My first paid job after leaving Oxford with what we used to call a ‘good’ second (did you ever meet anyone who got a ‘bad’ second?) was as a research assistant at the London School of Economics. My duty was to seek out suitable material for inclusion in a volume of documents illustrating the development of Labour Party policy from 1900 to 1945. A major source of such material was, of course, the speeches delivered by leading Labour politicians in the House of Commons. So one of my tasks was to wade through Hansard for the entire period, looking for significant utterances which could be held either to have changed Labour Party policy or to have influenced its creation. Sitting in the LSE library with the bound volumes, I developed a subliminal ability to spot a possible candidate for the book while my mind wandered to other things. A little bell would go off in my head, and I would be jerked back from daydreams about the girl at the next desk.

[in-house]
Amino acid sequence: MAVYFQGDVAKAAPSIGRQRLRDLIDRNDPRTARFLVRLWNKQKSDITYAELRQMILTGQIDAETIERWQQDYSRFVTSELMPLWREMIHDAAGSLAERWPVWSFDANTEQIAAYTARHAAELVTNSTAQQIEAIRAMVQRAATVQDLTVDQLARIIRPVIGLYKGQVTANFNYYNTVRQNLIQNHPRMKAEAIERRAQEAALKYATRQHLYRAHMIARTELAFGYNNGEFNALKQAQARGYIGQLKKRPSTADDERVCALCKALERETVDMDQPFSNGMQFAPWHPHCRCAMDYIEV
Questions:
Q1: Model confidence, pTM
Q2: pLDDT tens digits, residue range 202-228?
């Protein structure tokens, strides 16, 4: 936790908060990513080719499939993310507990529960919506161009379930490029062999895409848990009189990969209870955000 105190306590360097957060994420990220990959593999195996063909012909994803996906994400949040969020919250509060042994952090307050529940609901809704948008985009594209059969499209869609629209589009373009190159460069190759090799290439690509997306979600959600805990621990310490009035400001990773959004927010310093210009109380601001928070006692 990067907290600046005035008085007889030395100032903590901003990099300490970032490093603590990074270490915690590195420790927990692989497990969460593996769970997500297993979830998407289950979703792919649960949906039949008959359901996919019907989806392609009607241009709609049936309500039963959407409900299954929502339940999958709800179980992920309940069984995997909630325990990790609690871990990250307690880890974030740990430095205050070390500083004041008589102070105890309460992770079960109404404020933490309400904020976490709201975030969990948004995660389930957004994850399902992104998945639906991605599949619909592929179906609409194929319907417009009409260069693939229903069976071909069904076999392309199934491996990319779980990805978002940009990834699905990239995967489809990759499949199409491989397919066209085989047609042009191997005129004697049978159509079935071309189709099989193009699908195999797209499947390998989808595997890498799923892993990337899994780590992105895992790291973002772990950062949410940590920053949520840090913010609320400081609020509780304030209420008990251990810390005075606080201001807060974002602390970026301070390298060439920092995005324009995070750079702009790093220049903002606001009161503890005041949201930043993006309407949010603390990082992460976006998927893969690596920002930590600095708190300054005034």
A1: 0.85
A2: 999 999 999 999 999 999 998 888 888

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[*] CounterBlasts No 12. Poll Tax: The Fiscal Fake by Douglas Dunn (Chatto, 56 pp., £3.99, 15 March, 0 7011 3633 2).